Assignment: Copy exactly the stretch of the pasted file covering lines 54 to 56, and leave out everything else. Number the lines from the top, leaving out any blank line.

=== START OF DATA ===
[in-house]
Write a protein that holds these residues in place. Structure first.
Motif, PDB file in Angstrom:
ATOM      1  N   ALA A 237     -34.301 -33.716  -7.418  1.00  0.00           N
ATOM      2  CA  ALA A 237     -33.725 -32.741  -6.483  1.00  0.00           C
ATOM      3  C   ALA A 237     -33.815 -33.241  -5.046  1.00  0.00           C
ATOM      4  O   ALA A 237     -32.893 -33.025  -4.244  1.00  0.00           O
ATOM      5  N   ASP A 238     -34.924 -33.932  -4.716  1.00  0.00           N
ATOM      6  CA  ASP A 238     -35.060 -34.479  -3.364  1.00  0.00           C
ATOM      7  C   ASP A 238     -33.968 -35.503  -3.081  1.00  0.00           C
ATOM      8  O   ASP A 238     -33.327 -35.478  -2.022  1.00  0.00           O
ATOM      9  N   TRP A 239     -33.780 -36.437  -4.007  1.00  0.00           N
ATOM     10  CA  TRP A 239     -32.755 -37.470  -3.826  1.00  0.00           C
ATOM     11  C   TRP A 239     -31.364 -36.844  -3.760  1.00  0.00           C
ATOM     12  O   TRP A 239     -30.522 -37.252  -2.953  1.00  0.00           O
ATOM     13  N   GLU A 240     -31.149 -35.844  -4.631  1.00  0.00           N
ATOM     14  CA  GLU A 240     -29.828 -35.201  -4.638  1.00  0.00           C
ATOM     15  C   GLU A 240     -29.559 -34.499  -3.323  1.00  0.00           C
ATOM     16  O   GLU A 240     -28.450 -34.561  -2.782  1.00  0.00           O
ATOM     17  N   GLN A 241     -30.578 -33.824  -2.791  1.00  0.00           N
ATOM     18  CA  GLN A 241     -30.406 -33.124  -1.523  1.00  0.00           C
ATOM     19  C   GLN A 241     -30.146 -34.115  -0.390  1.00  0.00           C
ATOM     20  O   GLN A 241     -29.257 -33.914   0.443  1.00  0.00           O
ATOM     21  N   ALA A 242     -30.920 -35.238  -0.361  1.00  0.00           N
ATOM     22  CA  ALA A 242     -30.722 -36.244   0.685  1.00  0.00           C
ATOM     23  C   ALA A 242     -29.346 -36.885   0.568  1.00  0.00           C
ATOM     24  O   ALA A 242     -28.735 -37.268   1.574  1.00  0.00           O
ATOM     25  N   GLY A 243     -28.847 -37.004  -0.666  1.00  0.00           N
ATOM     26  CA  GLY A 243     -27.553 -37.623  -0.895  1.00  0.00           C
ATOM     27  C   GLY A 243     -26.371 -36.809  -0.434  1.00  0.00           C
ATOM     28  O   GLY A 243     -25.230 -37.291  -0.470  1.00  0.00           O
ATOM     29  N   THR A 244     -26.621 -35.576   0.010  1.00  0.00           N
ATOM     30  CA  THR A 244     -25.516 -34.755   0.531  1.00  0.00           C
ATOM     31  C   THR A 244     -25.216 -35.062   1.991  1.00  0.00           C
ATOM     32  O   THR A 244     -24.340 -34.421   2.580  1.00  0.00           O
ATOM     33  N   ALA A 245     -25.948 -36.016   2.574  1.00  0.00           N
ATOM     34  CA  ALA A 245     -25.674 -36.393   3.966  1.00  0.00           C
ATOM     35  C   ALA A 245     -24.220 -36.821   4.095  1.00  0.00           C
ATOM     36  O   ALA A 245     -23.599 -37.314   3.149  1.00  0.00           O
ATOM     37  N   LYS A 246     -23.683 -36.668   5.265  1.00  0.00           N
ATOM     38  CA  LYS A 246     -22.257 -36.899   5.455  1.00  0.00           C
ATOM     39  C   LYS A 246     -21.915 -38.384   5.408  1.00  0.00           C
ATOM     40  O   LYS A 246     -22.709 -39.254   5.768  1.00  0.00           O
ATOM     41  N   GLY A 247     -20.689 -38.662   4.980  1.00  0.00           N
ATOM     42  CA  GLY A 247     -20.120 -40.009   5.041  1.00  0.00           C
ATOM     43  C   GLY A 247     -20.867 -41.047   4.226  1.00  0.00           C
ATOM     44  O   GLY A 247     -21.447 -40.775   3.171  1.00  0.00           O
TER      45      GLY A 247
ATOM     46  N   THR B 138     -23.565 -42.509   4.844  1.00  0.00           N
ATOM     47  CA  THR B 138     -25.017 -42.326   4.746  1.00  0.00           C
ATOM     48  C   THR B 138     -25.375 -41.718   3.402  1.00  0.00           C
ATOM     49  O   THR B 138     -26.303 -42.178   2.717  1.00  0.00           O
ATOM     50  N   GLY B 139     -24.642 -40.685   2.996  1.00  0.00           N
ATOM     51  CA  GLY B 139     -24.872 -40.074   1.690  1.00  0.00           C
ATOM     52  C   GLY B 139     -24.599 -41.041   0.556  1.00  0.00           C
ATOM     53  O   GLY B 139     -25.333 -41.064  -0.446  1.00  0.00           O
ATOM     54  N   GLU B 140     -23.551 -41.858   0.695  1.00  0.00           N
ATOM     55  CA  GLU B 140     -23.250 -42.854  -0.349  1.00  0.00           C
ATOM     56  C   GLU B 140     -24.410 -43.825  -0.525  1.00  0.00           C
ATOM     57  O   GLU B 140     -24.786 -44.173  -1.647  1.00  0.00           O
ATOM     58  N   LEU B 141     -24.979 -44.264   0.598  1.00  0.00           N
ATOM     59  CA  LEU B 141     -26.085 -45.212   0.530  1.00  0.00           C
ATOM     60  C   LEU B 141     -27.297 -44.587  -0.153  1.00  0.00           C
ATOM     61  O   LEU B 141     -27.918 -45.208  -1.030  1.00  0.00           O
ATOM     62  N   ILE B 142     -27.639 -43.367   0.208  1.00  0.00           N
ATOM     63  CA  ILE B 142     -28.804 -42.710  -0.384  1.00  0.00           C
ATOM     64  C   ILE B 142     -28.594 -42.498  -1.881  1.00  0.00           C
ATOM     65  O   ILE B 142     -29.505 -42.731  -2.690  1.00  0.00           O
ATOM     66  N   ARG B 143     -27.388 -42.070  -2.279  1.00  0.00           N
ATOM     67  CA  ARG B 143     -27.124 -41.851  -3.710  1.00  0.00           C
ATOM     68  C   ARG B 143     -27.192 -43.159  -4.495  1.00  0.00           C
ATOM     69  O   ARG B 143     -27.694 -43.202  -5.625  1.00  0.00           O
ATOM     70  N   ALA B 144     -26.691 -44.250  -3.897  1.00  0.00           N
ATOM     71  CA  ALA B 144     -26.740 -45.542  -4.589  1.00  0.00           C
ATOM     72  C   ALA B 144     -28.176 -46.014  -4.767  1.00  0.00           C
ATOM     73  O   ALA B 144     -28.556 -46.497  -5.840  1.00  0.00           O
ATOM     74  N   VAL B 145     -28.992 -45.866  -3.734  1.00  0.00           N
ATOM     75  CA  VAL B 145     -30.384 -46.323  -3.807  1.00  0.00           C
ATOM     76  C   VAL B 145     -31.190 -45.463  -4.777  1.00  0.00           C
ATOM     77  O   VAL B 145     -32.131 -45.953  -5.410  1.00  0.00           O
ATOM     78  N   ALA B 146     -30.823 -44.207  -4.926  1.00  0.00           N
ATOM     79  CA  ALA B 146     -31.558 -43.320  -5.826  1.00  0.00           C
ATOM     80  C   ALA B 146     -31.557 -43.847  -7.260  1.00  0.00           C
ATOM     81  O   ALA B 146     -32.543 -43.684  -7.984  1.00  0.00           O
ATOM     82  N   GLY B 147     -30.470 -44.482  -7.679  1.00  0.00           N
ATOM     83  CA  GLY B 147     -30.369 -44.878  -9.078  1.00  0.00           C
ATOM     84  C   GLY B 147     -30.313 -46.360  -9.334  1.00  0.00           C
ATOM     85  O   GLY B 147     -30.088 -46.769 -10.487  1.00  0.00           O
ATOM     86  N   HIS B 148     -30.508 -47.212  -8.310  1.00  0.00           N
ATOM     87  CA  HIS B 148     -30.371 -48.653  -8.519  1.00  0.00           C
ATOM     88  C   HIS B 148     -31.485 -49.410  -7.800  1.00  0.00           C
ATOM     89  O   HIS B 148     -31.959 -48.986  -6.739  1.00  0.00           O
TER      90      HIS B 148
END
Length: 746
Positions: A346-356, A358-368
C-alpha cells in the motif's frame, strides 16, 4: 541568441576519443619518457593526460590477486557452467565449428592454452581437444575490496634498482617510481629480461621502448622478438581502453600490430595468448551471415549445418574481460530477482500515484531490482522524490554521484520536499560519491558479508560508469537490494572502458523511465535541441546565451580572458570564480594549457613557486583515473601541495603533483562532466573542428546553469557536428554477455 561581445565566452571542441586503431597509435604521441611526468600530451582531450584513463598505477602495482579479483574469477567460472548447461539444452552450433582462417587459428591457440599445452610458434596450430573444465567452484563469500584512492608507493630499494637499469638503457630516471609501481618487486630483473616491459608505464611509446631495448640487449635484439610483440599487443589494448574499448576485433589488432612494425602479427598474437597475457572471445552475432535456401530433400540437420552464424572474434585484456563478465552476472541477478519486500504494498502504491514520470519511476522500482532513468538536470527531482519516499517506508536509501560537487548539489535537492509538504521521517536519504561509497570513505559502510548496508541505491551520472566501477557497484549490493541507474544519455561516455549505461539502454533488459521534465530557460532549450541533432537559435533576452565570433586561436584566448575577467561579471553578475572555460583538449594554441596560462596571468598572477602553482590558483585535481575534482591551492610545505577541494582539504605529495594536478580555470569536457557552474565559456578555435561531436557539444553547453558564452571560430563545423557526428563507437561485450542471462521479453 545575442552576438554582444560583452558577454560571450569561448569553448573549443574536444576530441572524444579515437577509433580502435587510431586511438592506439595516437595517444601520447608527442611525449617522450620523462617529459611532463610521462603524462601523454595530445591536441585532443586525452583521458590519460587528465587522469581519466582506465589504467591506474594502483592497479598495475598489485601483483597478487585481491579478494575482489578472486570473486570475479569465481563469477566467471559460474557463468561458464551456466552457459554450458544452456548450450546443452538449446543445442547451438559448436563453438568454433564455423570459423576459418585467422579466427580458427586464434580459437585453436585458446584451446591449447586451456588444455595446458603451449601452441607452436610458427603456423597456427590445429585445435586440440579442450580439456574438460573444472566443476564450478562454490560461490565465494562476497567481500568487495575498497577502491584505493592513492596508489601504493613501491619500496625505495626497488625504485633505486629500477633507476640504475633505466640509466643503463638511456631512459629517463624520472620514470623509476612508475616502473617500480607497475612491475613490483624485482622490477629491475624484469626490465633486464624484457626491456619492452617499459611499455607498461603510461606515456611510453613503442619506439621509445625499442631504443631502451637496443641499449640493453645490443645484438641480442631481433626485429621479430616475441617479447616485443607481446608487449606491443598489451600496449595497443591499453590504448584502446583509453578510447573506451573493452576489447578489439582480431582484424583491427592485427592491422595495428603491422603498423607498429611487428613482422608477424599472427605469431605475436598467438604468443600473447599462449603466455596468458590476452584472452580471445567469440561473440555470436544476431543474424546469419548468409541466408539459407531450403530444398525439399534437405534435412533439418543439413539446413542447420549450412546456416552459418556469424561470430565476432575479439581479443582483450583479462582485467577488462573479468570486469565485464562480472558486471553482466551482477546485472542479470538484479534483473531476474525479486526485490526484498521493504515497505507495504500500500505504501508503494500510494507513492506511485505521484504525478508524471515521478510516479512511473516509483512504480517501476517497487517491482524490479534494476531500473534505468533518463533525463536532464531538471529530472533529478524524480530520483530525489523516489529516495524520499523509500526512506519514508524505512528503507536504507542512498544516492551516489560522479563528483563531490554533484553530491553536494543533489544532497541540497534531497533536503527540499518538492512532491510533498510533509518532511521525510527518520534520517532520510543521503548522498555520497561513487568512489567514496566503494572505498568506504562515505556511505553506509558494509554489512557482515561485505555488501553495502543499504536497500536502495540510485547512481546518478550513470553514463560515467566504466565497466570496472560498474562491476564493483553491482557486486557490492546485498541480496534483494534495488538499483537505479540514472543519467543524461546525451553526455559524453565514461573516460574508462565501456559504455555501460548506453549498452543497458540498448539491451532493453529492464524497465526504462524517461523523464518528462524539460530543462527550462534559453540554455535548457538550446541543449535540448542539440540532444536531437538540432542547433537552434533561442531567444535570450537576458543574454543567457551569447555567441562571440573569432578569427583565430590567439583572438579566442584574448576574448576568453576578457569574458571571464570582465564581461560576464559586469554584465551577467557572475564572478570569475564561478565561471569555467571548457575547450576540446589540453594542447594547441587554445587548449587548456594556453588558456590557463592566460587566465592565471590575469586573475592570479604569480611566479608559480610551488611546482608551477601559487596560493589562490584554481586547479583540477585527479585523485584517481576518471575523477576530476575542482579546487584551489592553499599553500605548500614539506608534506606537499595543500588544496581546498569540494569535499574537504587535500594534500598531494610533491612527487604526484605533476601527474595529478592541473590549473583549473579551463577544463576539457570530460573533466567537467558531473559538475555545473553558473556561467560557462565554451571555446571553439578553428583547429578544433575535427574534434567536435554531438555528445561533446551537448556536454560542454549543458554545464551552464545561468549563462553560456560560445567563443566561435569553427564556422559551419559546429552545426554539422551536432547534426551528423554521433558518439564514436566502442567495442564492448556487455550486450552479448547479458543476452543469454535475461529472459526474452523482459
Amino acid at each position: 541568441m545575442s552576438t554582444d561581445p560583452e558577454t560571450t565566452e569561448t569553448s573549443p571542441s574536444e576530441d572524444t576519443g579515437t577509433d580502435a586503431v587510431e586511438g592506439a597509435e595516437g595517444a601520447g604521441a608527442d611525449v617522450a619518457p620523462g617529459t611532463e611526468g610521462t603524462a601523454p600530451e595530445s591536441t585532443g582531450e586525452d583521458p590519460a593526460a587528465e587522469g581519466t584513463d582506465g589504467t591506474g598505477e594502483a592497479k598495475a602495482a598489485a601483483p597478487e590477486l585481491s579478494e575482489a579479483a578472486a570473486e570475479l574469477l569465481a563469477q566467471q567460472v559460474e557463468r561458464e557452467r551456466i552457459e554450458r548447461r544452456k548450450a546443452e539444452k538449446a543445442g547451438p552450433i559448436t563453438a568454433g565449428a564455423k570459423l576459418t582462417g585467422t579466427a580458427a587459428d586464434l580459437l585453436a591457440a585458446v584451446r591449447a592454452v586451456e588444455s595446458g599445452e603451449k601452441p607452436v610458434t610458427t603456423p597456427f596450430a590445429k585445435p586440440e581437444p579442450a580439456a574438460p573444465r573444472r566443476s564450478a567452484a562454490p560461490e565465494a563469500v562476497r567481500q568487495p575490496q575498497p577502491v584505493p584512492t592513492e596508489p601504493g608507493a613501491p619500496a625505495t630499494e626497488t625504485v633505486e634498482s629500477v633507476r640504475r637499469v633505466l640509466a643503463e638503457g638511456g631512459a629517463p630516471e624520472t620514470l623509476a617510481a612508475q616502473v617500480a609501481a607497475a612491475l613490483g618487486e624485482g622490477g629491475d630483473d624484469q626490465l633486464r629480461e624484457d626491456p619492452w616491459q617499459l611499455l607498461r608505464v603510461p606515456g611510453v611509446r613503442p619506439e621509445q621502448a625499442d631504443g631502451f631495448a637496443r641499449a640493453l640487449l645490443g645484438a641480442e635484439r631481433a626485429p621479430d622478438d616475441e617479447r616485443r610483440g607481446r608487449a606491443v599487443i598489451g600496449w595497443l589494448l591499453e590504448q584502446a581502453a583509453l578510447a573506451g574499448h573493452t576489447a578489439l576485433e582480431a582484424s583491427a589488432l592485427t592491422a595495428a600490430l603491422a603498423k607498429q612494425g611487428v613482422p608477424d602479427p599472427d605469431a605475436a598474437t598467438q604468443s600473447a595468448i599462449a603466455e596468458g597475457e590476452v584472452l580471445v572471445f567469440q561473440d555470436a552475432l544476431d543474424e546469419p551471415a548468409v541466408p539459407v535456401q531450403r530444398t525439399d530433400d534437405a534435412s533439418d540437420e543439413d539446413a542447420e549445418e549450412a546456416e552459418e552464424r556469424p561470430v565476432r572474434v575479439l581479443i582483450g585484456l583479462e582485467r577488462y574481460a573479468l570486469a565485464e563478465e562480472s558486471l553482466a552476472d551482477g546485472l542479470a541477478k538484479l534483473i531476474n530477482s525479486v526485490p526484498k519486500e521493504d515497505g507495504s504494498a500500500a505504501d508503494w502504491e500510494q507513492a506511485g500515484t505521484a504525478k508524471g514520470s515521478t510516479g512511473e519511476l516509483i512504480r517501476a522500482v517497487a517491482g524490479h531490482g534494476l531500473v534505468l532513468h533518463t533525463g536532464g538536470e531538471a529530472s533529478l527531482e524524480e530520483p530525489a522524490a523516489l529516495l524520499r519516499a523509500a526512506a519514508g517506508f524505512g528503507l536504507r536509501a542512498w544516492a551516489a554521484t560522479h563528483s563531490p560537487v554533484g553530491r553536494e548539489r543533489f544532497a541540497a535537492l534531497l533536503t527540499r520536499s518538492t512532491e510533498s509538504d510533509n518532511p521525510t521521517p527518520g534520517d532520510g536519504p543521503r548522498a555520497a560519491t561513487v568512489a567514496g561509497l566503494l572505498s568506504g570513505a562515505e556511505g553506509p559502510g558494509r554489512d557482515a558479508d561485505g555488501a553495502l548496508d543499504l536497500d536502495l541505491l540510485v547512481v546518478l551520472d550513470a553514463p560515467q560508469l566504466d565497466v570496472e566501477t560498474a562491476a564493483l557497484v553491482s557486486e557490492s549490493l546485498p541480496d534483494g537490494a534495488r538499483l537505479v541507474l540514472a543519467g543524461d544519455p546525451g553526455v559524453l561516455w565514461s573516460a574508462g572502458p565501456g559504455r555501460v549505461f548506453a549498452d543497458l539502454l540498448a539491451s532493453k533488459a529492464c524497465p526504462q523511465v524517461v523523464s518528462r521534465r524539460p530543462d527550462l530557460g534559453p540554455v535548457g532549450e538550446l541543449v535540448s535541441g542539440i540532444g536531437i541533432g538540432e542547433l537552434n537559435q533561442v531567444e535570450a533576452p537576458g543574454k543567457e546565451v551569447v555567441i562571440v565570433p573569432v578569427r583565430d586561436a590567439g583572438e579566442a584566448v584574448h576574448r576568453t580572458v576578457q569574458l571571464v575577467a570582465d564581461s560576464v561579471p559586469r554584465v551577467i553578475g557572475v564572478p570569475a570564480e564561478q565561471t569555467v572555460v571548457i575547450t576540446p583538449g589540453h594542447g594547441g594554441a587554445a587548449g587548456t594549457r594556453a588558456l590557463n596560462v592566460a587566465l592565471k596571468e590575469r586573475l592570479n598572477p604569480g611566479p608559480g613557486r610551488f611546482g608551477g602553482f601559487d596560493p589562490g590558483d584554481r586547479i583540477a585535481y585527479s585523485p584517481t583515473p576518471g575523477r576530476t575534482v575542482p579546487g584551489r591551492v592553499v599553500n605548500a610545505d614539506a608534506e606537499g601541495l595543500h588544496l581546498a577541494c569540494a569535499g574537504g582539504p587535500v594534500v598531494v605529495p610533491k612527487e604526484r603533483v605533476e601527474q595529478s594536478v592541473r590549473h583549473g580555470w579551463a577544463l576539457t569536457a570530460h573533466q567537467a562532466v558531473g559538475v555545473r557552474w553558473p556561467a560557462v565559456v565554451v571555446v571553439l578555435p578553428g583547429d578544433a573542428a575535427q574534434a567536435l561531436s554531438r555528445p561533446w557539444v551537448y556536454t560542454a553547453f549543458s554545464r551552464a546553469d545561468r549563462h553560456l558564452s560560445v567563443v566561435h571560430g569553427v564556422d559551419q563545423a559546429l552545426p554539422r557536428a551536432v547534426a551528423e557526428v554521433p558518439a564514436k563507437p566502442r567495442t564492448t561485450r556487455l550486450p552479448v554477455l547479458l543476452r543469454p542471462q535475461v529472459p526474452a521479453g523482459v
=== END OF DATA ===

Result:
ATOM     51  CA  GLY B 139     -24.872 -40.074   1.690  1.00  0.00           C
ATOM     52  C   GLY B 139     -24.599 -41.041   0.556  1.00  0.00           C
ATOM     53  O   GLY B 139     -25.333 -41.064  -0.446  1.00  0.00           O